The Indian rupee hit a record low on Monday, weighed down by broad gains in the US dollar and choppy domestic shares, although the local currency was seen recovering on expected Reserve Bank of India (RBI) intervention and potential government measures.
The rupee's fall has escalated worries about the country's current account deficit and complicated the task for policy makers looking to revive an economy that grew at its slowest in a decade in 2012/13.
Analysts said the Reserve Bank of India could turn more cautious about cutting interest rates at its policy review on June 17, potentially reducing confidence in the country's economic outlook.
The dollar rose against the yen and other major currencies on Monday, extending gains made after Friday's U.S. jobs report left open the prospect of the Federal Reserve scaling back stimulus soon.
Although the central bank was not spotted intervening, analysts said this remained a prospect in days ahead. Government officials are also considering measures including easing investment rules for sovereign wealth funds.
"The bottom for the rupee is just around the corner. The possibility of intervention along with some rupee boosting measures might be on the cards in a few days, which should trigger a recovery for the rupee," said Shakti Satapathy, a strategist at AK Capital in Mumbai.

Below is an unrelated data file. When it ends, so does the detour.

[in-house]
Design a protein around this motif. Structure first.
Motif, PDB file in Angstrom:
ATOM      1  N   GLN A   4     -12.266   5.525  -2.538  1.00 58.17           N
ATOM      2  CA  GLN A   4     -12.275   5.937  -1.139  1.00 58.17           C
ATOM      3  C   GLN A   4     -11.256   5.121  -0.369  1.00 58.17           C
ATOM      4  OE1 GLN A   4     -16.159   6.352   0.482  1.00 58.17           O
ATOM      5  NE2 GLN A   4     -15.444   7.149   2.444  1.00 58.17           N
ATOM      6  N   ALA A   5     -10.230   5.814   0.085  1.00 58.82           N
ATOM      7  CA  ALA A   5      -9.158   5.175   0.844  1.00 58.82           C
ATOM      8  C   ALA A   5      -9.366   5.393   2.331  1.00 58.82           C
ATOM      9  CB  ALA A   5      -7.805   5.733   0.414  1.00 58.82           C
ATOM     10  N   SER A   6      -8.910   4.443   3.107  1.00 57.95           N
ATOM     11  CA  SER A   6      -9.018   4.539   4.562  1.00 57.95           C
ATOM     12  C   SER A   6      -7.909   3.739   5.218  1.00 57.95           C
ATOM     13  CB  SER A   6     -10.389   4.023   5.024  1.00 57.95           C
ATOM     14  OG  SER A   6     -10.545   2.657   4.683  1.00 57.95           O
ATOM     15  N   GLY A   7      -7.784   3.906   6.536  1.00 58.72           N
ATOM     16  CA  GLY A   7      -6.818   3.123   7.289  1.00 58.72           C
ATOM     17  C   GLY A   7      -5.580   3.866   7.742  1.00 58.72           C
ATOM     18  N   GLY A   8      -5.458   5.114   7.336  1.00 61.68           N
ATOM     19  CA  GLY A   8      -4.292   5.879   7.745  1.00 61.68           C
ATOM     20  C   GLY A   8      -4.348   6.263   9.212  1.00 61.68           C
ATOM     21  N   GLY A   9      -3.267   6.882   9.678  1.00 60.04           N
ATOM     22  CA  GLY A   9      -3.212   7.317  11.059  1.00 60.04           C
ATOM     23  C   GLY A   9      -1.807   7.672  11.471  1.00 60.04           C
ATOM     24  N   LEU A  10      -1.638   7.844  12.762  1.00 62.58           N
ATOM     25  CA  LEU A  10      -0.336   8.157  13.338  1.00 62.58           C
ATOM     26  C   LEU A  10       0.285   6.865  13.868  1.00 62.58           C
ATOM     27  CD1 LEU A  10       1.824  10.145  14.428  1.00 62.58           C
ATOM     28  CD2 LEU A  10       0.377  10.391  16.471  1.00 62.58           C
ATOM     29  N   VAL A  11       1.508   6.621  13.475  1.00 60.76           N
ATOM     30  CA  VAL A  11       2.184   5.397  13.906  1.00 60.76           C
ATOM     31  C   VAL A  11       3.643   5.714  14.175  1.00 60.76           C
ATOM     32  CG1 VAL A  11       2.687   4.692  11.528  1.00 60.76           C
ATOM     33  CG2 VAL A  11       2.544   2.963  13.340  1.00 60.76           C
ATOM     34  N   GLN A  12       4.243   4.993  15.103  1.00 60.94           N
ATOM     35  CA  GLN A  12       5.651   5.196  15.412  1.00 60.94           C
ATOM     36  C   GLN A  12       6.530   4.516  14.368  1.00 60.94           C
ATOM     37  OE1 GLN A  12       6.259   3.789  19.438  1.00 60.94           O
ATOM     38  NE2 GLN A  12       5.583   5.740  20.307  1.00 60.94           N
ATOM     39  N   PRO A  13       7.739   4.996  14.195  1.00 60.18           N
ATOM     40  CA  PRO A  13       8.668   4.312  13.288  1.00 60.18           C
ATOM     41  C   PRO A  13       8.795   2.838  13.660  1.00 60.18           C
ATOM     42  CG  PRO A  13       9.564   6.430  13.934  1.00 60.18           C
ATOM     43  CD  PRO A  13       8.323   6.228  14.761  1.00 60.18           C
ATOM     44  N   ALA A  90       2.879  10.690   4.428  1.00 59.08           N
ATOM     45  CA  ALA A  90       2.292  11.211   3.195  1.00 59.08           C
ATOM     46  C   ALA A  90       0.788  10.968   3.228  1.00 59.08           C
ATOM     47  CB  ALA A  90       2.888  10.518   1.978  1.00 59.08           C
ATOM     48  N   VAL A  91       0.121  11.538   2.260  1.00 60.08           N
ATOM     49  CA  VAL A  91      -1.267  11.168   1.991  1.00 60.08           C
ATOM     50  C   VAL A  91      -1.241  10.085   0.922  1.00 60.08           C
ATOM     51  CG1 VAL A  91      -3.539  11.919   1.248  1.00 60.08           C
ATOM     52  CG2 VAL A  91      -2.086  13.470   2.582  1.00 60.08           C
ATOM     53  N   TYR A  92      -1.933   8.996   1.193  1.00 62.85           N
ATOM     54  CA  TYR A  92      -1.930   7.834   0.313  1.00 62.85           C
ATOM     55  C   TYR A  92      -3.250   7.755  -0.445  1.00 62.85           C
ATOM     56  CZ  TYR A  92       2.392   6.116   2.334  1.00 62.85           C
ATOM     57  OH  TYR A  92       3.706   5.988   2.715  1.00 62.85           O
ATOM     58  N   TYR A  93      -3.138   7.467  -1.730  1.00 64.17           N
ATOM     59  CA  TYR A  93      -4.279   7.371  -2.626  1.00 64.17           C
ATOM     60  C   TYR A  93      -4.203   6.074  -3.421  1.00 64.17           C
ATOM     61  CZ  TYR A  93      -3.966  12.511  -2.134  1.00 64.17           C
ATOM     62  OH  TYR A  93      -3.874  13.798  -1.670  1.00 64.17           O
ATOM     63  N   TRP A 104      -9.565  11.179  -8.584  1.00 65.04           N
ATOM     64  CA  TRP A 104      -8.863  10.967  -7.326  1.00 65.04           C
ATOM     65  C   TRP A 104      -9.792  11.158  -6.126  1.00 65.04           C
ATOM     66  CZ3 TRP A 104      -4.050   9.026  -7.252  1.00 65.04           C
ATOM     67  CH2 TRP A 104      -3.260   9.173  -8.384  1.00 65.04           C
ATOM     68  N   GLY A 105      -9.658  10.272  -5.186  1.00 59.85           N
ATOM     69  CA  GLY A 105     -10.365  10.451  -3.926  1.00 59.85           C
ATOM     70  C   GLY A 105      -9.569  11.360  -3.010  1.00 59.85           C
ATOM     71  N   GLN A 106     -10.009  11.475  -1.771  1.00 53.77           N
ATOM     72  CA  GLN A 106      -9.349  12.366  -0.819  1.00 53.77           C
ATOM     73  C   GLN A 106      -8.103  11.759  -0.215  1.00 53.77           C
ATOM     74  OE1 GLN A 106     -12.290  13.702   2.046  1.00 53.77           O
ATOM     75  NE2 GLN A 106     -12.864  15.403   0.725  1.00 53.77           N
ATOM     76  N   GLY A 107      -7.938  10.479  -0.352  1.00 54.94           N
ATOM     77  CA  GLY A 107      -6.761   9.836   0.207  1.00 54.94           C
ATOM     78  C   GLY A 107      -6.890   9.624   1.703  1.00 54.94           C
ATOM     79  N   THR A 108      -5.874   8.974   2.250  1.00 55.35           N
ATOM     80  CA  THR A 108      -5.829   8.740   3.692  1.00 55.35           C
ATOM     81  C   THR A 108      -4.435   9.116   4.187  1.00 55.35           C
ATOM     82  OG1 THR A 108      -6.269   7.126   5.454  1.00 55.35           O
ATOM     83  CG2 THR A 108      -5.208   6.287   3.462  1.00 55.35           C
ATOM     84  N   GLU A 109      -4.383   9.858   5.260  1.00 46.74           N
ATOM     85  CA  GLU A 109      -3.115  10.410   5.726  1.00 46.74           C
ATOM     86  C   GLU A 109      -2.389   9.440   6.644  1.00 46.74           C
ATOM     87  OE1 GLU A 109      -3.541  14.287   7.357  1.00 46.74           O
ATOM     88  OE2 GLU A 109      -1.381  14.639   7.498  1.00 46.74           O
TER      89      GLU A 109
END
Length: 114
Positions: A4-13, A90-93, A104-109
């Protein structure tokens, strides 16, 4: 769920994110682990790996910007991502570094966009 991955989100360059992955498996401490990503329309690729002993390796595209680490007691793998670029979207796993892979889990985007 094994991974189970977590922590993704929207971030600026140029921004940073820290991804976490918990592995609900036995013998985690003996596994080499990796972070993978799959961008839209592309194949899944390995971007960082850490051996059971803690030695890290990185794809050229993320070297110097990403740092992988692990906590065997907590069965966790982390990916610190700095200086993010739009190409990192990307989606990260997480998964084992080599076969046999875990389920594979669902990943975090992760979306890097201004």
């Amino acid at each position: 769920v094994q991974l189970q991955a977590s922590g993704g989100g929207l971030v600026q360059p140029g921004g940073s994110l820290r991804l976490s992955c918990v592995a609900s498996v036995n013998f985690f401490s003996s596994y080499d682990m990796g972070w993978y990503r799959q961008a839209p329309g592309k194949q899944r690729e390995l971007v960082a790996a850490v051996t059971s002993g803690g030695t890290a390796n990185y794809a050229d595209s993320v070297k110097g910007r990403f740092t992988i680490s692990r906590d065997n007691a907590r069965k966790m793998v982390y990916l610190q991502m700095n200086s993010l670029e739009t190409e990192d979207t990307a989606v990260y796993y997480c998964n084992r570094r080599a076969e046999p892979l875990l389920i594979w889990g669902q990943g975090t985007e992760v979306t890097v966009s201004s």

"The recent weakness has been due to panic selling, resulting from a threat in roll back of U.S stimulus. But considering recent data, we expect the chances of immediate roll back to be low and with a likely debt limit hike and one more rate cut towards July meet, the rupee may start recovering."
The partially convertible rupee closed at 58.15/16 per dollar after hitting a life low of 58.17. The currency fell 1.9 percent from Friday's close of 57.06/07.
Traders said the onshore forwards saw some selling as traders preferred to buy dollars in the spot and sell in the forwards.
The one-year forwards dropped to as much as 315.25 points, their lowest since Jan. 7.
Indian shares ended flat as a fall in the rupee to a record low hit lenders on fears the central bank would hold off from cutting interest rates,